Will Microsoft (Nasdaq: MSFT) buy Nokia (NYSE: NOK)?

After watching Nokia lose nearly 20% of its market cap over the past week, rumors that Mr. Softy will ride to its rescue carry a distinct whiff of pie in the sky. On the other hand, the price that pundits are punting about -- $19 billion for Nokia's core mobile phone business -- doesn't sound like particularly good news for shareholders of this company, currently valued at $24.8 billion. Perhaps that's part of the reason why Nokia's stock kept falling yesterday.

Is there anything to the rumor in the first place? Let's take it point by point.

From Russia, with credibility
This all started about two weeks ago, when a Russian tech blogger leaked that Microsoft was in negotiations to buy Nokia later this year. Nokia immediately dashed cold water on the theory, dismissing the blogger's predictions as "less accurate with every passing moment."

Undeterred, said blogger announced this week that Nokia has, in fact, already agreed to a sale. Why didn't readers dismiss this new report outright? First, the blogger in question had already correctly predicted Nokia's decision to ditch its Symbian operating system in favor of Windows Phone 7. Second, this time Nokia initially refused to comment on the rumor, rather than denying it outright. (Nokia later rethought, and ended up calling the report "100 percent baseless.")

Details, please
If you're afraid that Nokia's about to sell itself to Microsoft for a 23% discount, relax. Assuming this rumor's even remotely true, we'd only be talking about the divestiture of Nokia's handset business. While handsets are the bulk of the biz, they still account for only 69% of Nokia's 2010 revenue.

Price this revenue stream at $19 billion, and apply the same P/S ratio to the rest of "rump Nokia," and you get about a $27.5 billion valuation for the company as a whole. In other words, even if the rumor is true, Microsoft would be paying a small 11% premium to market cap for the part of Nokia it supposedly wants to own.

However, that doesn't tell the whole story. Nokia's telecom equipment unit is unprofitable, while its phones, however dwindling their market share, remain in the black. That's where Nokia's cash could come into play. The company has $10 billion in net cash, so if the $19 billion price was after considering cash, the premium could be far larger than 11%. Or, if cash was transferred to its telecom equipment unit, that would give the unit far more ability to maneuver, should Nokia get broken up.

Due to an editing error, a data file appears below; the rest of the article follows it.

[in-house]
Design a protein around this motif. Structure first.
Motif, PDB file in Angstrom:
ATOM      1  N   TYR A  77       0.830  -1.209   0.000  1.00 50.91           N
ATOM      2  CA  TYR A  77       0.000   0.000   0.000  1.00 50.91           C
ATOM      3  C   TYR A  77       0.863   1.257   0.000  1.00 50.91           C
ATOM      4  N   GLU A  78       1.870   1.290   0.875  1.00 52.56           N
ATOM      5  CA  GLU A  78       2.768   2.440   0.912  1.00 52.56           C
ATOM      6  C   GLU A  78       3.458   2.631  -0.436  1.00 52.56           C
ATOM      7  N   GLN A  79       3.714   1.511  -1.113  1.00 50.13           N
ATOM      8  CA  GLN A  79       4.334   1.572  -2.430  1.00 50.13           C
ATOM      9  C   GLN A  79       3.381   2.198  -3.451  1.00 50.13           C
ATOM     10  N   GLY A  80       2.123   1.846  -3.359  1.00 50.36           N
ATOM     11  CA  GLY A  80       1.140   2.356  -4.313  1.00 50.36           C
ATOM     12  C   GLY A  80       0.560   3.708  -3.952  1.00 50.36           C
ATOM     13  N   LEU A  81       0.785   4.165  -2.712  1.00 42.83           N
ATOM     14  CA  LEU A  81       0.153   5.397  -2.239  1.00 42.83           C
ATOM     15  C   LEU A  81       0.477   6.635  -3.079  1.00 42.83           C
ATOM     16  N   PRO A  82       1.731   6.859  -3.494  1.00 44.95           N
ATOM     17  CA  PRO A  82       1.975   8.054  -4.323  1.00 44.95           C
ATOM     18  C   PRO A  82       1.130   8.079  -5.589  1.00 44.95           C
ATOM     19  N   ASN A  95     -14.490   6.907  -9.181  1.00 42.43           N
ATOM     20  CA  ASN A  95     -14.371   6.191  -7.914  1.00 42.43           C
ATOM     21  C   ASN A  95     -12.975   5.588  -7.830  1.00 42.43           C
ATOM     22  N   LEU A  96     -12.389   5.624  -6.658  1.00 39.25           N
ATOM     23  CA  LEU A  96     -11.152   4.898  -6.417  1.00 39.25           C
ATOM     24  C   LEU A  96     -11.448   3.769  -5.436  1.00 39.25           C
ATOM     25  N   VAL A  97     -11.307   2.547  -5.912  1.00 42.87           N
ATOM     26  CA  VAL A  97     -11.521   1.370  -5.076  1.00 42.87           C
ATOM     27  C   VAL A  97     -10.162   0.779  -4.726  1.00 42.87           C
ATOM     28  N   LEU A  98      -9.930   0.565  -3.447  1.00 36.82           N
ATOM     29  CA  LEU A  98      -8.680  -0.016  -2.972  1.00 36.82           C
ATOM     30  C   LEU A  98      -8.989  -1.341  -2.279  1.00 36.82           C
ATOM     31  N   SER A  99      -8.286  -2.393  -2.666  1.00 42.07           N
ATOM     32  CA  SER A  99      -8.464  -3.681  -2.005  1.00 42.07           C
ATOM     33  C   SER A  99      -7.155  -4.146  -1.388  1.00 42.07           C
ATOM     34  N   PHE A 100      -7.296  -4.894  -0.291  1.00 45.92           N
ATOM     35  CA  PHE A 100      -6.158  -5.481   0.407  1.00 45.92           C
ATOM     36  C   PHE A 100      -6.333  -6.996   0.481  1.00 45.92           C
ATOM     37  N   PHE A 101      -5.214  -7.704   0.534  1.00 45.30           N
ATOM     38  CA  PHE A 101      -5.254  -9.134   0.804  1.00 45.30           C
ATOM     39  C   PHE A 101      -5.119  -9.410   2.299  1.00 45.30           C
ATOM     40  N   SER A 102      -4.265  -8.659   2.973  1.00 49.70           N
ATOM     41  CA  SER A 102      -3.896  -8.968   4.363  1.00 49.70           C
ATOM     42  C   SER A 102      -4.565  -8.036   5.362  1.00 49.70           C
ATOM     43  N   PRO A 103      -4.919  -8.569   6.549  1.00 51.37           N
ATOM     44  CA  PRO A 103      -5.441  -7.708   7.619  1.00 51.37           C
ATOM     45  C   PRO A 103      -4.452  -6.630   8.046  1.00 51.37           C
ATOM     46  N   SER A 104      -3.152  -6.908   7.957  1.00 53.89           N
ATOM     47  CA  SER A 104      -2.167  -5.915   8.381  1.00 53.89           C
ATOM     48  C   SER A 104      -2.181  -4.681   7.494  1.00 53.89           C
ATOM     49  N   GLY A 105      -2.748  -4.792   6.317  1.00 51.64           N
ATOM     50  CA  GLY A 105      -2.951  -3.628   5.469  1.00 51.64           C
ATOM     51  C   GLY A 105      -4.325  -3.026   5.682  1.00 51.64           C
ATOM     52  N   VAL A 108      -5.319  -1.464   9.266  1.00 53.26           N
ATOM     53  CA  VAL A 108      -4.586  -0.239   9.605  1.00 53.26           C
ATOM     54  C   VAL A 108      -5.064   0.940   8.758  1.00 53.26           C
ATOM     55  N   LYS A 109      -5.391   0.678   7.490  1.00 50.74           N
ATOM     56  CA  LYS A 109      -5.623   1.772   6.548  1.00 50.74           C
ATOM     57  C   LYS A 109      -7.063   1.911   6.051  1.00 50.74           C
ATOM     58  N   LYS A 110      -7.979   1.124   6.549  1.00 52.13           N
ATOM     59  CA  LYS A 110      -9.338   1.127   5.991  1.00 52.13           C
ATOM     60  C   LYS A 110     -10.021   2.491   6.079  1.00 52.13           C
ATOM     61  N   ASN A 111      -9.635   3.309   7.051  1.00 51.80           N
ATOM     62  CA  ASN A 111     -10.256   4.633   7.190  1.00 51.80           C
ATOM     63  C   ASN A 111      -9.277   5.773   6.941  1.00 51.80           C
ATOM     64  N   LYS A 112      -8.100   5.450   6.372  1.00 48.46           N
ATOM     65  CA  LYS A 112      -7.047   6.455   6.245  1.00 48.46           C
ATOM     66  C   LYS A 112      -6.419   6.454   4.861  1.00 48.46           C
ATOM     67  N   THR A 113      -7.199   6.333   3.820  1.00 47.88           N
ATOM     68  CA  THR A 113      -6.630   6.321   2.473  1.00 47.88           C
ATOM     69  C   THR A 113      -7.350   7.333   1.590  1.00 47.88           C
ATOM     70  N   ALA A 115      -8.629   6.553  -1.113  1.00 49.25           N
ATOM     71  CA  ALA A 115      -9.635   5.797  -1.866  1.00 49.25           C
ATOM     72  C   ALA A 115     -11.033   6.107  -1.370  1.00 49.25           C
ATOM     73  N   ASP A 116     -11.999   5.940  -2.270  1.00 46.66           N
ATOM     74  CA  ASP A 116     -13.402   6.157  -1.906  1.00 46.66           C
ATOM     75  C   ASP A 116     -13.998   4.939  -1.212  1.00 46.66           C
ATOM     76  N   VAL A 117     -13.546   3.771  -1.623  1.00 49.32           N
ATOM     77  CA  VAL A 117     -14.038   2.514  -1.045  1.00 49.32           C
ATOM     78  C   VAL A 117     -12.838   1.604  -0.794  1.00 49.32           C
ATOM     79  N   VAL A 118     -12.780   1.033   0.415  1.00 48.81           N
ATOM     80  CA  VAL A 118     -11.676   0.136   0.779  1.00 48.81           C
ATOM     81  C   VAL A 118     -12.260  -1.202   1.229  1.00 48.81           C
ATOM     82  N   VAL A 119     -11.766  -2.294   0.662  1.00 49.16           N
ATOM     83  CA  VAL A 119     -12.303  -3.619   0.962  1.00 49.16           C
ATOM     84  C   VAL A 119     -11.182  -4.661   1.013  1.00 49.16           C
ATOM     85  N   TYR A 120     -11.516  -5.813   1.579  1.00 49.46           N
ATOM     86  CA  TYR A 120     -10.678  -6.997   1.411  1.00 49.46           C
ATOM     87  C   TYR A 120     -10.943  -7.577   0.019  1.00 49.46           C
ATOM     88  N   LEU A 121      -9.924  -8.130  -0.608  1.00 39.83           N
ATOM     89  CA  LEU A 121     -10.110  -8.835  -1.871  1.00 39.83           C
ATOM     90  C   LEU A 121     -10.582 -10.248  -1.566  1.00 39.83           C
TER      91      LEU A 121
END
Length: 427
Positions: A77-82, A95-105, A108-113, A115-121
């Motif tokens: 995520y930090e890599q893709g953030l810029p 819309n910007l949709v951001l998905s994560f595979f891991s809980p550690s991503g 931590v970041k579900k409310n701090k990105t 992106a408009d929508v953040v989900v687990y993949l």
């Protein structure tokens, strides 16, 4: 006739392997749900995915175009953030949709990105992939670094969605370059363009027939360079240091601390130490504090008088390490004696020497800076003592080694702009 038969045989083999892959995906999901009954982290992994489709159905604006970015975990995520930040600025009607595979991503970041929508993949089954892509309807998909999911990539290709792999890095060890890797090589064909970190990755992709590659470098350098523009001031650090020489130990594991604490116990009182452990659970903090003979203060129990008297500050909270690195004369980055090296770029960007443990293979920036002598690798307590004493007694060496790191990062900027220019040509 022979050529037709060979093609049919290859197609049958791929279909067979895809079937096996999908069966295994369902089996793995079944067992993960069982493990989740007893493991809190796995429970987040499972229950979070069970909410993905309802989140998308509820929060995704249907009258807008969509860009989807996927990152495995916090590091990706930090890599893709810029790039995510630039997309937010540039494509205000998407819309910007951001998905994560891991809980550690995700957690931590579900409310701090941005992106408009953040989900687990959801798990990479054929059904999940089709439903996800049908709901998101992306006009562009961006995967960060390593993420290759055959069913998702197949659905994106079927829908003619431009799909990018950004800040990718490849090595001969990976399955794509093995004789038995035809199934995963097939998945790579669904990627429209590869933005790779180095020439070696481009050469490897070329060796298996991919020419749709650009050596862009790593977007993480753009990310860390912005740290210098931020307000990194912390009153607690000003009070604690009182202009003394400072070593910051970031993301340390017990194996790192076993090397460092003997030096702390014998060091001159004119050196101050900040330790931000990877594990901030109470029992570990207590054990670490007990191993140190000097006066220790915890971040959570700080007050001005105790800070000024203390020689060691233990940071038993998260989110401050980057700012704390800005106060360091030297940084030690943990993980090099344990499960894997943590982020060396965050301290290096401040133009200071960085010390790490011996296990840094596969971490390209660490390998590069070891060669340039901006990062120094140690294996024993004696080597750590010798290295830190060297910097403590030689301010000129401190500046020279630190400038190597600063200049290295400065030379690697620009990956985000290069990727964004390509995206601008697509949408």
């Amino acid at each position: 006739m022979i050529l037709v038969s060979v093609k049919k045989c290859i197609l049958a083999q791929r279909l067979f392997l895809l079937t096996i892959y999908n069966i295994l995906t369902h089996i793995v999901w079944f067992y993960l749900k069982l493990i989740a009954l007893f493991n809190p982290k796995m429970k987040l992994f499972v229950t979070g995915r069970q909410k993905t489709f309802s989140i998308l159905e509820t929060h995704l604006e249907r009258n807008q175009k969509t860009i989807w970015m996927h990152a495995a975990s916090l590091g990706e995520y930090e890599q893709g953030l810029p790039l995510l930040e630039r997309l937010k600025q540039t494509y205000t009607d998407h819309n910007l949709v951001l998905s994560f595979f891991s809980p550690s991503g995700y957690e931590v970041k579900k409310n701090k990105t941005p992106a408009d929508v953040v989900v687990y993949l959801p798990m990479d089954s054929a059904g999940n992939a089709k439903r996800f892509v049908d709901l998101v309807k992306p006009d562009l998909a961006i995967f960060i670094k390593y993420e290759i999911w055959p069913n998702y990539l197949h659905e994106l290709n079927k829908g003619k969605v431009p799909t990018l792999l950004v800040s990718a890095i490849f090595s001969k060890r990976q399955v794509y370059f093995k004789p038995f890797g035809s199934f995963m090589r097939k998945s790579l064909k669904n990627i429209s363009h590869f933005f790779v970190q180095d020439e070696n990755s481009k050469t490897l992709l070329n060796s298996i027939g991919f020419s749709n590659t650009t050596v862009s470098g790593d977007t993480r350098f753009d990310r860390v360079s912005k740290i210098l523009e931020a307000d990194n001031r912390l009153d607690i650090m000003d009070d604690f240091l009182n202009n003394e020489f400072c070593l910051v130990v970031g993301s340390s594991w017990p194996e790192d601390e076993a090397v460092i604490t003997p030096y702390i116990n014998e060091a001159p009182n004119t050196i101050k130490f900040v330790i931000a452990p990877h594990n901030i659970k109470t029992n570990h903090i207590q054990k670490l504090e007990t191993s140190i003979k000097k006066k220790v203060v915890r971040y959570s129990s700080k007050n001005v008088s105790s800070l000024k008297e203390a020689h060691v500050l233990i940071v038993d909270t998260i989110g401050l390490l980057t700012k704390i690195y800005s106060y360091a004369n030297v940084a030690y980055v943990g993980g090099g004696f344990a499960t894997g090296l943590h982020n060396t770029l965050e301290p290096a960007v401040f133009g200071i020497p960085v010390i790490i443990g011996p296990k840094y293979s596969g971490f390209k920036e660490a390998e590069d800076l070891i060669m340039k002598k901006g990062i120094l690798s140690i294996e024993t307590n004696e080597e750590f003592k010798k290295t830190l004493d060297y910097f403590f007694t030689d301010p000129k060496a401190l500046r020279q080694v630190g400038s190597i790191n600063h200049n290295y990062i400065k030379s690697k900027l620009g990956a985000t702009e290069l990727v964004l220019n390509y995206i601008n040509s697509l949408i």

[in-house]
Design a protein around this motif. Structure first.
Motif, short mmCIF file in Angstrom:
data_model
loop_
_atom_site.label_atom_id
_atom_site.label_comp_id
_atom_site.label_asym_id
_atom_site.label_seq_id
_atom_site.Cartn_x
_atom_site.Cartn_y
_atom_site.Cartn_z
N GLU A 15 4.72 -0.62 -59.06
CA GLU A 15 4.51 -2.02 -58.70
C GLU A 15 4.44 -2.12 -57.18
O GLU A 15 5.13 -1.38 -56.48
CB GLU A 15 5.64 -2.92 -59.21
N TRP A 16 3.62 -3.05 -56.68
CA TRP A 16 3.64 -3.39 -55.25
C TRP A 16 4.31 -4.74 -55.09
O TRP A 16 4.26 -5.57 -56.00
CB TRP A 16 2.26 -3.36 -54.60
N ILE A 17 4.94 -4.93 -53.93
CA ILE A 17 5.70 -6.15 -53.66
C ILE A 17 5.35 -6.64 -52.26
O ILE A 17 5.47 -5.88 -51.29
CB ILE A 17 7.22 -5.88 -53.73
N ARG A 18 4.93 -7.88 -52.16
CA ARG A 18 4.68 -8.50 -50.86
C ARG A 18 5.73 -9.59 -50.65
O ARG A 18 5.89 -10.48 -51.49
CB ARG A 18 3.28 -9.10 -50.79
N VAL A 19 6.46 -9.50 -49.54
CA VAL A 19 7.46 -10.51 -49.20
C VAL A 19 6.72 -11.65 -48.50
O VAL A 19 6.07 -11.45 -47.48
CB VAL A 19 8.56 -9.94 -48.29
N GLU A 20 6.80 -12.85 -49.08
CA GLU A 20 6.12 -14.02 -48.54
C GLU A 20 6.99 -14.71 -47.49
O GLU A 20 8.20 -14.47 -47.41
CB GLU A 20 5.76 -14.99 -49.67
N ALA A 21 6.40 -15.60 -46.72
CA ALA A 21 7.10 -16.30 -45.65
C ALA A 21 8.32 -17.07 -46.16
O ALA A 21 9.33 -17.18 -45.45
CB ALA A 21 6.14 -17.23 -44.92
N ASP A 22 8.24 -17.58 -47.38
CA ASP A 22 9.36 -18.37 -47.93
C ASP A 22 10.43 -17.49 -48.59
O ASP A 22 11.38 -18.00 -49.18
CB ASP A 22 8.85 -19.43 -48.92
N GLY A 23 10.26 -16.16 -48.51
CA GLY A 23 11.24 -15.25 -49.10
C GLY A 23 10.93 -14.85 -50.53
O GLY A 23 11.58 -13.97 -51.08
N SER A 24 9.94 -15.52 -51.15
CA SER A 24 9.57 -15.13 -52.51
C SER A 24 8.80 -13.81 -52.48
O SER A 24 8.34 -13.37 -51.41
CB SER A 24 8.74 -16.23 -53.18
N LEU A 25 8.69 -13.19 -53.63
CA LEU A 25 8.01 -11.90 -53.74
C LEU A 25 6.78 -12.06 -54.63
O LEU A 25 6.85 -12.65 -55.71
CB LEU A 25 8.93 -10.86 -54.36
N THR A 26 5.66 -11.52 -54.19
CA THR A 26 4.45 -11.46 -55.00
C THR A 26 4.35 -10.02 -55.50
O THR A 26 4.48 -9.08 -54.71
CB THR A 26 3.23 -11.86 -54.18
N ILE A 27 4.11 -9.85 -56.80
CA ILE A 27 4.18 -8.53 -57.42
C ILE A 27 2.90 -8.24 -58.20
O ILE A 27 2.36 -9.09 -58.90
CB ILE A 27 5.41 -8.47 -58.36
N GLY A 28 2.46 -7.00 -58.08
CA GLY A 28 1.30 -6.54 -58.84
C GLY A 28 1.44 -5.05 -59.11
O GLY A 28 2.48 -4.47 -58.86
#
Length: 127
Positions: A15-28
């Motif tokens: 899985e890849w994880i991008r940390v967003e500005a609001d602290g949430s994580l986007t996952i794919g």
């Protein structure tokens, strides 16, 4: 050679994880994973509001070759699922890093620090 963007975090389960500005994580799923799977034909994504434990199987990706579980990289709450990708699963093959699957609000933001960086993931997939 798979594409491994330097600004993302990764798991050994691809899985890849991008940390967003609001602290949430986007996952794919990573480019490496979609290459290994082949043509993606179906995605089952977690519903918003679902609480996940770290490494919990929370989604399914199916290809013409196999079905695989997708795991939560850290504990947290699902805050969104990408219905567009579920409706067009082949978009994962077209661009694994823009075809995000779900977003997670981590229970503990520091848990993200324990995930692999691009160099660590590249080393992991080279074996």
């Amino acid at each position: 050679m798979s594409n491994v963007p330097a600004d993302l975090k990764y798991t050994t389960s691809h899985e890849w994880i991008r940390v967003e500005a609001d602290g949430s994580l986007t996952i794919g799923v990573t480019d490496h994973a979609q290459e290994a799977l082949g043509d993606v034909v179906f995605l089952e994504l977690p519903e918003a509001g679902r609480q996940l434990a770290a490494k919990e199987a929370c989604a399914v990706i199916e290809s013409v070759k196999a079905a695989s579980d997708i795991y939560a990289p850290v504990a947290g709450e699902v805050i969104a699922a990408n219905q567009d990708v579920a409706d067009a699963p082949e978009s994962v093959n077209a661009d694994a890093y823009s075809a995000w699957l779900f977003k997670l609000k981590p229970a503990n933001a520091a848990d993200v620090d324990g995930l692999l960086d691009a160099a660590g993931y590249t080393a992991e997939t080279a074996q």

Truth versus fiction: Which is stranger?
Even if the rumors are true, Nokia investors wouldn't be getting a raw deal. They'd lose a loser of a handset business, but hang onto telecom equipment manufacturer Nokia Siemens Networks. Combined with the network equipment business that Nokia bought from Motorola Solutions (NYSE: MSI) last year, this would make Nokia essentially a pure play on telecom infrastructure. With plenty of cash at its disposal, the remnants of Nokia could improve operations, roll up smaller competitors, and maybe even pay a massive one-time dividend to shareholders. Life could be worse.

But are the rumors true? Nokia's belated denial notwithstanding, it's hardly uncommon for companies to deny that they're talking until the ink on the contract is dry. And there are at least a few reasons to think a deal like this could happen.

For one thing, Microsoft can afford to make it happen. It's got more than $35 billion net cash on its balance sheet, after all -- much of it located abroad, hiding from the IRS. I can see some enterprising young dealmaker at Microsoft whispering in Steve Ballmer's ear: "Hey, if we buy a foreign handset maker like Nokia, we could leverage Windows Phone 7 and solve the problem of how to put our cash to work, all in one fell swoop."

For another, whatever you think of the wisdom of spending $19 billion on a handset maker that's having its head handed to it by rivals Google (Nasdaq: GOOG) and Apple (Nasdaq: AAPL), Microsoft has never shied away from risky -- and expensive -- investments. After all, few years back, Microsoft tried to buy Yahoo! (Nasdaq: YHOO) for twice what the shares are worth today. Why, just last month Microsoft bought Skype for three times what eBay (Nasdaq: EBAY) offered to sell it for just a couple years ago. Clearly, "buy low, sell high" is not a key element of Microsoft's mission statement.

Foolish takeaway
That said, I certainly hope Microsoft doesn't buy Nokia's handset business, and I hope the rumors prove false. Right now, Microsoft is a high-margin maker of software products. It boasts better-than-40% operating margins on its business, versus the mere 5.1% operating margin Nokia eked out over the last 12 months. Paying $19 billion to acquire a less profitable business -- one surrounded by fierce, innovative, and more profitable rivals -- sounds like a textbook case of diworsification to me.

I don't put it past Microsoft to make a boneheaded blunder of this sort. I just hope it's smarter than that.

Will Nokia-Soft happen? Add both Microsoft and Nokia to your Fool Watchlist, and find out.

The Motley Fool owns shares of Google, Yahoo!, Microsoft, and Apple. Motley Fool newsletter services have recommended buying shares of eBay, Apple, Yahoo!, Microsoft, and Google. Motley Fool newsletter services have recommended creating a diagonal call position in Microsoft and a bull call spread position in Apple.

Fool contributor Rich Smith owns shares of Google. We Fools may not all hold the same opinions, but we all believe that considering a diverse range of insights makes us better investors. The Motley Fool has a disclosure policy.